TRYING to estimate the size of the gap between the bottom of the SPFL Premiership and the top of the Championship has always been a hypothetical science.

Until now.

At New Douglas Park tomorrow the second-best team from the second tier, Hamilton Academical, will take on the second-worst team from the top division in the first of a two-legged play-off to decide which of the sides will have the honour of playing in next season's Premiership.

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Hibs, in fact, actually accrued the fewest points in the top tier in the campaign just concluded, only spared the automatic relegation spot by the 15-point handicap dished out to Hearts for entering administration. What will surely be an anxious, testing two games against Hamilton, however, may not seem much like respite.

Martin Canning, the dependable, Hamilton centre-half who was briefly on Hibs' books, succintly summed up the difference between the two teams before they meet on Hamilton's plastic pitch tomorrow night: this is a final where only one team wants to be there. The prize for Hamilton is promotion back to the top division for the first time since 2011. In player-manager Alex Neil's first full season in charge, they came ever so close to going up automatically, falling a goal short of pipping Dundee to the title. They are a team with all the momentum, having lost just one of their last 15 matches and having just defeated Falkirk over two legs to get to this stage.

Hibs, in contrast, are motivated primarily by the fear of an uncertain future should they lose the play-off. A season in the Championship with Hearts and Rangers would be entertaining, and no doubt lucrative, but there is every chance it would not be merely a one-year stay. Theirs is a season that began poorly under Pat Fenlon then nosedived further under Terry Butcher. They have not won any of their previous 13 matches, and only once since beating Hearts in the derby on January 2. Their fans will no doubt travel in vast numbers to Hamilton tomorrow evening but, presumably, it is not an occasion they or the players will be particularly looking forward to.

"Hibs won't want to be in this situation," said Canning. "We were desperate to be playing in this tie and they will probably be gutted they are in it. So for us it's a great occasion, while for them it's something they could do without.

"It is a bit of a surprise to see Hibs involved in it because they are a big club. But you see it in every league, whether it's the Premier League in England or up here, that no-one is too big to be in trouble. If you get into that run of form which Hibs have had, then it's difficult to turn it around. So for us, it's a great opportunity to play a big club and, hopefully, show how good we can be.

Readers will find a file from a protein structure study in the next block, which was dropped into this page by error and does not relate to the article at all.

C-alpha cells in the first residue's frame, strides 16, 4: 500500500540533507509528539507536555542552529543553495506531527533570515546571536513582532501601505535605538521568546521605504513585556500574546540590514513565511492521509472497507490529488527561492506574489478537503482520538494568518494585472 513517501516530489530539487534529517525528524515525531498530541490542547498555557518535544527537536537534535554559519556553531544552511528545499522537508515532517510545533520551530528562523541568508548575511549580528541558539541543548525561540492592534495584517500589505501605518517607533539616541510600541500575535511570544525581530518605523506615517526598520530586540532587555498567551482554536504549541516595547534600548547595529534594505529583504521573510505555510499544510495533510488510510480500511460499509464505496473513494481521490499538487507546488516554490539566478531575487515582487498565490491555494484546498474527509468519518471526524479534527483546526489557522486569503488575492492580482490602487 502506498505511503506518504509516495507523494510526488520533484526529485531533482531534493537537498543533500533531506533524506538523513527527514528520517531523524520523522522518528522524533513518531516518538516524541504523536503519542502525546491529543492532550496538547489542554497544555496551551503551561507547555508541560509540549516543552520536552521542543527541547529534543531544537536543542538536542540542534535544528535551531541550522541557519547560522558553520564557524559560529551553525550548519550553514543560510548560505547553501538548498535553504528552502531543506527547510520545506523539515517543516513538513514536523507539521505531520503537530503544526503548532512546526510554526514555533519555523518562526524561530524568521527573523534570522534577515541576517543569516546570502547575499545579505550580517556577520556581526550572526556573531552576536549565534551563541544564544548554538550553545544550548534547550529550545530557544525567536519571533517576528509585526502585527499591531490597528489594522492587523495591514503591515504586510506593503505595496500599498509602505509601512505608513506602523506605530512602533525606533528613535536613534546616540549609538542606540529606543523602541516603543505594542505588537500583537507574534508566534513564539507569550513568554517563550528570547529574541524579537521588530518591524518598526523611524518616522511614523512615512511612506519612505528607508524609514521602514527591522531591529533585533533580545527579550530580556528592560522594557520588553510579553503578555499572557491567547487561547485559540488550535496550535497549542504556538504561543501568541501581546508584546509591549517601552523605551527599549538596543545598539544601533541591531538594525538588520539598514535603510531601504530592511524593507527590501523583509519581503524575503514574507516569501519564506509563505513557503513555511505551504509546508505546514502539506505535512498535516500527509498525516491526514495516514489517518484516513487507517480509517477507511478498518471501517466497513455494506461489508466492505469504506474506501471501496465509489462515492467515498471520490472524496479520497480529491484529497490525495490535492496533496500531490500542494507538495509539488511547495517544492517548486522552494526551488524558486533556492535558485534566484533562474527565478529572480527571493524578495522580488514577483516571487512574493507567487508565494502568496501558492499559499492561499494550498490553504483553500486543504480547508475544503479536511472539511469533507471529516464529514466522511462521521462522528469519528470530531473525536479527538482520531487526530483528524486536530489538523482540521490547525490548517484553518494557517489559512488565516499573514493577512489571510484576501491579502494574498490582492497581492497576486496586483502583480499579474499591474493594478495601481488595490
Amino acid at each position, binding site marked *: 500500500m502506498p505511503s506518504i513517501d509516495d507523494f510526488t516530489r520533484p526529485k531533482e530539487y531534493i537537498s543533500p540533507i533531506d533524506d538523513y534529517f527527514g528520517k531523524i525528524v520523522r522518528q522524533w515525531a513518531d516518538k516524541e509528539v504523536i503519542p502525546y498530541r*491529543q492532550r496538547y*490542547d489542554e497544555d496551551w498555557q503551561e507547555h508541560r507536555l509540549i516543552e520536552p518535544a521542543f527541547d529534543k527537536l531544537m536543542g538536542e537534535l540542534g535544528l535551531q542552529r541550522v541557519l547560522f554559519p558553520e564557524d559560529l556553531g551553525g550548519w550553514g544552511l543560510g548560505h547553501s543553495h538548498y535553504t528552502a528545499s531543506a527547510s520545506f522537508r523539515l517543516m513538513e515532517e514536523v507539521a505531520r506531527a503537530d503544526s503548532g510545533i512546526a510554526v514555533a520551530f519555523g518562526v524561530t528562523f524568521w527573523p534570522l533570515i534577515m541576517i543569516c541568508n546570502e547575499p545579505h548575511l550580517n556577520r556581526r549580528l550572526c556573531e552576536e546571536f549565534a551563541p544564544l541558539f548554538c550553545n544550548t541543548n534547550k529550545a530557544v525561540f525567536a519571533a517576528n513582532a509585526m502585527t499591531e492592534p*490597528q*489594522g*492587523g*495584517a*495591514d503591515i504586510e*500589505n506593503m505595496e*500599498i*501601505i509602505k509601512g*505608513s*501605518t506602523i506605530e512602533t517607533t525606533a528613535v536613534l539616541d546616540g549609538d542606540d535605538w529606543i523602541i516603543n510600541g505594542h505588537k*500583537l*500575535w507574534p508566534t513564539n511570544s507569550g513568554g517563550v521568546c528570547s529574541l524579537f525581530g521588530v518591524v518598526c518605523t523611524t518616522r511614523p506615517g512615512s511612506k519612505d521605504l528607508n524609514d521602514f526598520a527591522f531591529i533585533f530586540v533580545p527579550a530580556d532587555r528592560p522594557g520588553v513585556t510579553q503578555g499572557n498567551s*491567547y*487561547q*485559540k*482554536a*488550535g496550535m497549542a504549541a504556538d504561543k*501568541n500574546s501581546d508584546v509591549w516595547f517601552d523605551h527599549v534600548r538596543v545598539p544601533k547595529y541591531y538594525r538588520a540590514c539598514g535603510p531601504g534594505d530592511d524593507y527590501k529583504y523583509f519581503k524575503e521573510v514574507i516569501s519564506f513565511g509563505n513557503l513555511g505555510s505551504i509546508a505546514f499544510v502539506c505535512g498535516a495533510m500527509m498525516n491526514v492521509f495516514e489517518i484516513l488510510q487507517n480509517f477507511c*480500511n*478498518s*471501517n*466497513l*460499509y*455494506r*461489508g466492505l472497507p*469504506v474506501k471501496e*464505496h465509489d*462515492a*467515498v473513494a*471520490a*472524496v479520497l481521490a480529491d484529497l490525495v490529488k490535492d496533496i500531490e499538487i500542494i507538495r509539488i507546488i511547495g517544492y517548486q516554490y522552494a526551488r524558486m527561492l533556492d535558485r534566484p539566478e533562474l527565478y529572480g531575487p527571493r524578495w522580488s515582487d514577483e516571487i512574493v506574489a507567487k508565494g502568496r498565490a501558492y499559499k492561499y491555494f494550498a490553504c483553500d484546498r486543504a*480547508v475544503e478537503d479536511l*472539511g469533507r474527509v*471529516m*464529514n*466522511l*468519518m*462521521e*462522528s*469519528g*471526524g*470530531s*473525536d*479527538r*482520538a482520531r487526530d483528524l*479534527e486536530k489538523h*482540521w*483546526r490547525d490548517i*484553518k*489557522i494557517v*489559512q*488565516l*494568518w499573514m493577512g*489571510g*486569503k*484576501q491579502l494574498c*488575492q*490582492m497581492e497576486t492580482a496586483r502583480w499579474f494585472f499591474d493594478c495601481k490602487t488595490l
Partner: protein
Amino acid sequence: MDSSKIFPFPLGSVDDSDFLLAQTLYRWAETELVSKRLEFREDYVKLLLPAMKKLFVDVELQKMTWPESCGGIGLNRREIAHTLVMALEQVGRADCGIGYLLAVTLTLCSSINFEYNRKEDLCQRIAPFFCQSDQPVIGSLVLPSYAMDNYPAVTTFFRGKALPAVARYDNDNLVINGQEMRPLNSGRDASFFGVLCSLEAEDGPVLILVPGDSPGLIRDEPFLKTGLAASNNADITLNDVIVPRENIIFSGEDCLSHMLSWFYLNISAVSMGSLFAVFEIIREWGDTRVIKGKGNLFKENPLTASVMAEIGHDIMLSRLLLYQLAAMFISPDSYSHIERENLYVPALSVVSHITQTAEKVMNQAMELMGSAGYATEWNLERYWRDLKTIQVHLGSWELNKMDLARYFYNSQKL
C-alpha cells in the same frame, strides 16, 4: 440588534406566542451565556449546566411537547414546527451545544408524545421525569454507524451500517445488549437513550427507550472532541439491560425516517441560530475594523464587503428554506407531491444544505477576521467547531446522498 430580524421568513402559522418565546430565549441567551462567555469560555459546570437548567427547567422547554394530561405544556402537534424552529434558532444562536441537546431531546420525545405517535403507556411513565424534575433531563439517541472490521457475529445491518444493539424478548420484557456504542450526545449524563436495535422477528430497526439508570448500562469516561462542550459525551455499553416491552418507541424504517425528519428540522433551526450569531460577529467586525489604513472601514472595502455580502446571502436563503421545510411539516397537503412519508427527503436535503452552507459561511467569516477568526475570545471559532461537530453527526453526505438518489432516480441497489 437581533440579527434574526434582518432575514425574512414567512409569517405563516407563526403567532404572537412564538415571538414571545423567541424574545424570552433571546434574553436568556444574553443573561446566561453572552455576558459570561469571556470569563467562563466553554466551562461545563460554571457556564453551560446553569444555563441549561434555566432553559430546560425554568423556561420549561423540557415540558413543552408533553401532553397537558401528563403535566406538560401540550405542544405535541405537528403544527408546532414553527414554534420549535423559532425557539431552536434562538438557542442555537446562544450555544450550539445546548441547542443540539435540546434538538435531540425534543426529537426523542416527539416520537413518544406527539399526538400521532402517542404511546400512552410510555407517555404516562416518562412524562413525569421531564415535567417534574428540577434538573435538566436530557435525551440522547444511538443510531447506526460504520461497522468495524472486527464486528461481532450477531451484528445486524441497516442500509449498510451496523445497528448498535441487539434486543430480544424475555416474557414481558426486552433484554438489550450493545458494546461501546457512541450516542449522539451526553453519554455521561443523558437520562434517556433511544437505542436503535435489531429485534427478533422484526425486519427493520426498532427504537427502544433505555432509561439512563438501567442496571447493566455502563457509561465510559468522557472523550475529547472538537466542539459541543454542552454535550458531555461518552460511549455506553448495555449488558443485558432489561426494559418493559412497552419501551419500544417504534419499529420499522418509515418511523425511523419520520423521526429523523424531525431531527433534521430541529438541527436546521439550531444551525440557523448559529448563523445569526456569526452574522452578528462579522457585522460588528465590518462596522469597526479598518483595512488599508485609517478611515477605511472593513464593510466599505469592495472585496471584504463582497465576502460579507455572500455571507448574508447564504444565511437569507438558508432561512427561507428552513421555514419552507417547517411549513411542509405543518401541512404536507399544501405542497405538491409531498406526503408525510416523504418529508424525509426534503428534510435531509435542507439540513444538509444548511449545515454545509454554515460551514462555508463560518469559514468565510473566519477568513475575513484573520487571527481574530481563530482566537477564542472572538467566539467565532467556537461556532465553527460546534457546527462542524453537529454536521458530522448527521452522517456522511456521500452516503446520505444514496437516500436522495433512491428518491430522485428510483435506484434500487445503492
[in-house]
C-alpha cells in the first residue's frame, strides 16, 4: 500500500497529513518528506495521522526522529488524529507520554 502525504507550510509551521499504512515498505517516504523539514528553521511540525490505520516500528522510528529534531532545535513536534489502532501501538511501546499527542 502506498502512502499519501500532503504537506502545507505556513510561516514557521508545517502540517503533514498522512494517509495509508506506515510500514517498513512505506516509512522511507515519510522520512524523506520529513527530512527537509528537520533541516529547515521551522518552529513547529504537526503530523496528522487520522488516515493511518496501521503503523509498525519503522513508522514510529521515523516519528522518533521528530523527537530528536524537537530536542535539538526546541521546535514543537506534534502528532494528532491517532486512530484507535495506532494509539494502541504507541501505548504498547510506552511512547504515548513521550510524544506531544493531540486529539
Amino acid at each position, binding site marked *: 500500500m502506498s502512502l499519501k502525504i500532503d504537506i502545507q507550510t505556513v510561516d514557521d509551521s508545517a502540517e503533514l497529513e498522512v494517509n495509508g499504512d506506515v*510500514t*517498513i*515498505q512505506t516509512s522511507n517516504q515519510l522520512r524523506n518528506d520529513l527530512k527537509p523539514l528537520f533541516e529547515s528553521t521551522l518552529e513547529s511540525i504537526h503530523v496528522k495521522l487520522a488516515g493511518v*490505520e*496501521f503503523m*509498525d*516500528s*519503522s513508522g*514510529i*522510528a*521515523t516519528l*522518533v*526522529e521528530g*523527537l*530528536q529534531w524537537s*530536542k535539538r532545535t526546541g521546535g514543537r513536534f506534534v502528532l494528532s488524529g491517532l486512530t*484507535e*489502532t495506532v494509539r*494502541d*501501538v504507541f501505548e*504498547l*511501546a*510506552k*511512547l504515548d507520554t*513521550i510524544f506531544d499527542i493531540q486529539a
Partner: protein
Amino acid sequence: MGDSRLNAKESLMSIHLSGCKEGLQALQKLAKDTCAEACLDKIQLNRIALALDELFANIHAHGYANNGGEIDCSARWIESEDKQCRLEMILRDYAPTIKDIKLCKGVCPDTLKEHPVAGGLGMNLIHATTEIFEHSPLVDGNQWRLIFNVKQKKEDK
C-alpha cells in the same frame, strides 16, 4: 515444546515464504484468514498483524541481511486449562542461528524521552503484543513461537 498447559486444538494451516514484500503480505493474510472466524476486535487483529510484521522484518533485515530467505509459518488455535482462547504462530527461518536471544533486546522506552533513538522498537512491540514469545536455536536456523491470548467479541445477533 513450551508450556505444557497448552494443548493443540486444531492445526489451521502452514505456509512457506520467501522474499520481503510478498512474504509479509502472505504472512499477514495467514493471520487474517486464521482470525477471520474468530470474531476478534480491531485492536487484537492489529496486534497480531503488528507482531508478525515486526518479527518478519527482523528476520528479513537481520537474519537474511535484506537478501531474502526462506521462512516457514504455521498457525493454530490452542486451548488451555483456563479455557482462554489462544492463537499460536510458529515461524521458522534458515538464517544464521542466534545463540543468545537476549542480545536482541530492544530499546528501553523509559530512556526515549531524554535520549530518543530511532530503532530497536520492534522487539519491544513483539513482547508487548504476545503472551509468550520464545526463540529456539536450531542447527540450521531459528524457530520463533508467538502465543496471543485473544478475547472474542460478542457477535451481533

"I think we've proved we're a good side and we'll carry that belief forward. They are a big club - a bigger club than us. But in terms of 11 boys we believe in ourselves and we'll be going all out to win this. We've approached every single game this season to try to win it and I'd imagine it will be the same on Wednesday night. We will be in their faces from the first minute and look to make it as difficult for them as possible. We are all about trying to go forward, creating chances and scoring goals."

Canning had an almost blink-and-you-missed it spell with Hibs six years ago. He signed a 16-month deal in the February after being released by Gretna as their financial situation worsened, but would stay only until the end of August when he asked to be freed due to a lack of first-team football. There was a reluctance on Hibs' part to let him go but Canning eventually got his way. Despite featuring only 12 times, there is no lasting resentment about his time at Easter Road.

"I thoroughly enjoyed my time at Hibs, even though it was brief," recalled the 32 year-old. "I got on great with everyone at the club. It was just that I wanted to play every week. No-one is guaranteed to play every week, of course, but I wanted to know that if I was doing my job properly, I'd be in the team.

"At the time, they had Rob Jones and Chris Hogg who were both doing really well in central defence - the captain and the vice-captain. So it was difficult for me to displace them. I found myself playing right-back most of the time, which wasn't what I wanted to do. I had three or four options to leave and play elsewhere, to teams who wanted me in the position I wanted to play. That was the reason I left. I had a bit of a battle with the manager and chairman of Hibs at the time to get out.

"Thankfully for me, they did let me go so I could play regular football at Hamilton. They realised how important it was for me. I did enjoy my time there and had a lot of respect for everyone at the club. But I'm at Hamilton now and obviously want to go and do a job for them in this play-off final."